Communications boss Katrina Delaney has been given her reward for years of keeping him and the council out of trouble by being promoted to a new role as “director of culture, media and sport”. The position was not advertised to the public, and the decision has not yet been published on the council’s website.
Delaney, who as assistant chief executive (communications and community engagement) oversaw the council’s rebranding as “Royal Greenwich” earlier this year, sees her annual pay go up from £100,000 to £125,000. You can see the job ad here, as well as the job description.
I’m told from within the town hall that taxpayers will ultimately save money, as her new role is part of a restructuring which does away with other positions.
But it’s ultimately a recognition of the work put in protecting Greenwich Council’s reputation, while other councils – particularly neighbouring Bexley, the yardstick many in the council test themselves against – have been bogged down in rows with the public.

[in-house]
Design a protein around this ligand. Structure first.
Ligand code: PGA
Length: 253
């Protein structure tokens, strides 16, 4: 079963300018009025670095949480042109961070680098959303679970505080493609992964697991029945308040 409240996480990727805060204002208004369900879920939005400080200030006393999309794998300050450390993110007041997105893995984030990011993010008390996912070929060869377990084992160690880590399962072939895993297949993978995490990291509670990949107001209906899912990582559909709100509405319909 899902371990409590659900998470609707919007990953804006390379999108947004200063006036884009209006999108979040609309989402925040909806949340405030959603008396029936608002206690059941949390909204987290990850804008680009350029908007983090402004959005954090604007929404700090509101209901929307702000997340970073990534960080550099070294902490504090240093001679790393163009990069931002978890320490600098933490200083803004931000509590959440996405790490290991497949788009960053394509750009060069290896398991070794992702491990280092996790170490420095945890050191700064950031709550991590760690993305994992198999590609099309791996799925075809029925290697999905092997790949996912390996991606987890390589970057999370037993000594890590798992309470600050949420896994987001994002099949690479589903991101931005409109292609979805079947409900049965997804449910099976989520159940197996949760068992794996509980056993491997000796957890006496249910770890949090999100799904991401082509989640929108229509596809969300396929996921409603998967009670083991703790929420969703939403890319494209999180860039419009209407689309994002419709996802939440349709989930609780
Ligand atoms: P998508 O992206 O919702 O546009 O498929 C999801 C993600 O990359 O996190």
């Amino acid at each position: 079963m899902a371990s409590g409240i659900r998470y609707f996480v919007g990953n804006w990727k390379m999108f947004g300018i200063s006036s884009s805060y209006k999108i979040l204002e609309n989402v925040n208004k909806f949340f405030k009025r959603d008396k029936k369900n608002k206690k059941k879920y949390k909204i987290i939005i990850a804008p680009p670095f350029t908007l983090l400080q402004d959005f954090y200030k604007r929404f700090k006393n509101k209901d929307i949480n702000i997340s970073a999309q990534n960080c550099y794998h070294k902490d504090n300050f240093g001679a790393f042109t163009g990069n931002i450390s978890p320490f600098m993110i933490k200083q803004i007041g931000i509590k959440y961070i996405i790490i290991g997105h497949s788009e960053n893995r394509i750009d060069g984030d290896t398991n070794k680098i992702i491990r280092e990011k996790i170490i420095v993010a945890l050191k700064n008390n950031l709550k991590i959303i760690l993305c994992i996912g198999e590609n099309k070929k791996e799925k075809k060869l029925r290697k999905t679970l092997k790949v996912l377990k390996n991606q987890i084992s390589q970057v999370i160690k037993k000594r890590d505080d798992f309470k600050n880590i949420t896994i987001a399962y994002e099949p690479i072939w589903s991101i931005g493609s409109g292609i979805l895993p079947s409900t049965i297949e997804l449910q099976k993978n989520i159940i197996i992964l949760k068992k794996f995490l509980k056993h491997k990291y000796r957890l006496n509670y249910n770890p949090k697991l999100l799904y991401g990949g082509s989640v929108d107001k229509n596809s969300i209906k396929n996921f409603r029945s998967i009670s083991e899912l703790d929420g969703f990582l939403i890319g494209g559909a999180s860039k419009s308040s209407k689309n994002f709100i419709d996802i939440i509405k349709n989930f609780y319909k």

Greenwich has managed to avoid this by simply ignoring people – whether they are members of the public, journalists, its own councillors or other elected London bodies – and pressing on with its own agenda, regardless of what others may say.
A good example came earlier this week. According to opposition leader Spencer Drury, councillors have been told Greenwich is continuing refusing to fund the Blackheath fireworks because “we have not been asked” – despite the fact Lewisham Council has just launched another appeal for funds. Greenwich always does things its own way, and doesn’t reach out.
Indeed, it even sets its own agenda by publishing its own weekly newspaper, Greenwich Time, putting a glossy spin on the council’s achievements before other media outlets can get to them. Aided by an feeble local media – and the fact that many outlets would rather chase after Conservative councils’ wrong-doings – it largely works.
Of course, all this breeds resentment on the ground, particularly in less high-profile parts of the borough – there’s some gems in this News Shopper story about Abbey Wood.